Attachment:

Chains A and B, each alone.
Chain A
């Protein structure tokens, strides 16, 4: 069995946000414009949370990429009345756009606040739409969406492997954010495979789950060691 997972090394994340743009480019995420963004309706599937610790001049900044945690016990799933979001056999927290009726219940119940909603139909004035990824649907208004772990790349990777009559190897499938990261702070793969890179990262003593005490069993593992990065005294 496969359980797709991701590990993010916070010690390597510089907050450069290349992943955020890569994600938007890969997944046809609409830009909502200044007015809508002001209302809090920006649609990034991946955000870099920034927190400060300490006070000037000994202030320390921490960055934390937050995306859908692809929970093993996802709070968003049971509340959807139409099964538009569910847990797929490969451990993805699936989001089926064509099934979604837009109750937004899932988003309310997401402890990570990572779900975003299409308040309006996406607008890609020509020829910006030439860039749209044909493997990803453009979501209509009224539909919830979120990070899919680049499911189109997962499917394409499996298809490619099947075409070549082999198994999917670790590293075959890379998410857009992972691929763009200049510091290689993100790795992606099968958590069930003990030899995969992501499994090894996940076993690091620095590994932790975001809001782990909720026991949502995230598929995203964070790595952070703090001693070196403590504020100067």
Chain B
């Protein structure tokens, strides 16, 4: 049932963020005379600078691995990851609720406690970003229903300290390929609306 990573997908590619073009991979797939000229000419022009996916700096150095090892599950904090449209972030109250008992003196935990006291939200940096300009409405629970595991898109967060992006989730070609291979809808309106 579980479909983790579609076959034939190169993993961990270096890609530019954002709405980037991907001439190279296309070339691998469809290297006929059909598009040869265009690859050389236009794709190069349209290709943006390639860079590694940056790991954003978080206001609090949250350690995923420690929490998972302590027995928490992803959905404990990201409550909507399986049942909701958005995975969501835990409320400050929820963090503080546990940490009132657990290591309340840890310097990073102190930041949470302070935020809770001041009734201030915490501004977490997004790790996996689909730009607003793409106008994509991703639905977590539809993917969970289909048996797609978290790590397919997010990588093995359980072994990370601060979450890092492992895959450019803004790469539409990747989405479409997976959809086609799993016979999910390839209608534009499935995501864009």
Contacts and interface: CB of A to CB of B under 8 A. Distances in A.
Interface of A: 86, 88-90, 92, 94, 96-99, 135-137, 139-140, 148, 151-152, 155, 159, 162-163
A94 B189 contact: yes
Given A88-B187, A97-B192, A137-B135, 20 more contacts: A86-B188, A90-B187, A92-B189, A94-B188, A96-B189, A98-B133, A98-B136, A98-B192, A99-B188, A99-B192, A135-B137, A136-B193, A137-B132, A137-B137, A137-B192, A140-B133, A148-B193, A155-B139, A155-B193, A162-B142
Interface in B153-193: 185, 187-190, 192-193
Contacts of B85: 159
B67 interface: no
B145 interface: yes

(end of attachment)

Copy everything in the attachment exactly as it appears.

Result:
Chains A and B, each alone.
Chain A
């Protein structure tokens, strides 16, 4: 069995946000414009949370990429009345756009606040739409969406492997954010495979789950060691 997972090394994340743009480019995420963004309706599937610790001049900044945690016990799933979001056999927290009726219940119940909603139909004035990824649907208004772990790349990777009559190897499938990261702070793969890179990262003593005490069993593992990065005294 496969359980797709991701590990993010916070010690390597510089907050450069290349992943955020890569994600938007890969997944046809609409830009909502200044007015809508002001209302809090920006649609990034991946955000870099920034927190400060300490006070000037000994202030320390921490960055934390937050995306859908692809929970093993996802709070968003049971509340959807139409099964538009569910847990797929490969451990993805699936989001089926064509099934979604837009109750937004899932988003309310997401402890990570990572779900975003299409308040309006996406607008890609020509020829910006030439860039749209044909493997990803453009979501209509009224539909919830979120990070899919680049499911189109997962499917394409499996298809490619099947075409070549082999198994999917670790590293075959890379998410857009992972691929763009200049510091290689993100790795992606099968958590069930003990030899995969992501499994090894996940076993690091620095590994932790975001809001782990909720026991949502995230598929995203964070790595952070703090001693070196403590504020100067």
Chain B
């Protein structure tokens, strides 16, 4: 049932963020005379600078691995990851609720406690970003229903300290390929609306 990573997908590619073009991979797939000229000419022009996916700096150095090892599950904090449209972030109250008992003196935990006291939200940096300009409405629970595991898109967060992006989730070609291979809808309106 579980479909983790579609076959034939190169993993961990270096890609530019954002709405980037991907001439190279296309070339691998469809290297006929059909598009040869265009690859050389236009794709190069349209290709943006390639860079590694940056790991954003978080206001609090949250350690995923420690929490998972302590027995928490992803959905404990990201409550909507399986049942909701958005995975969501835990409320400050929820963090503080546990940490009132657990290591309340840890310097990073102190930041949470302070935020809770001041009734201030915490501004977490997004790790996996689909730009607003793409106008994509991703639905977590539809993917969970289909048996797609978290790590397919997010990588093995359980072994990370601060979450890092492992895959450019803004790469539409990747989405479409997976959809086609799993016979999910390839209608534009499935995501864009």
Contacts and interface: CB of A to CB of B under 8 A. Distances in A.
Interface of A: 86, 88-90, 92, 94, 96-99, 135-137, 139-140, 148, 151-152, 155, 159, 162-163
A94 B189 contact: yes
Given A88-B187, A97-B192, A137-B135, 20 more contacts: A86-B188, A90-B187, A92-B189, A94-B188, A96-B189, A98-B133, A98-B136, A98-B192, A99-B188, A99-B192, A135-B137, A136-B193, A137-B132, A137-B137, A137-B192, A140-B133, A148-B193, A155-B139, A155-B193, A162-B142
Interface in B153-193: 185, 187-190, 192-193
Contacts of B85: 159
B67 interface: no
B145 interface: yes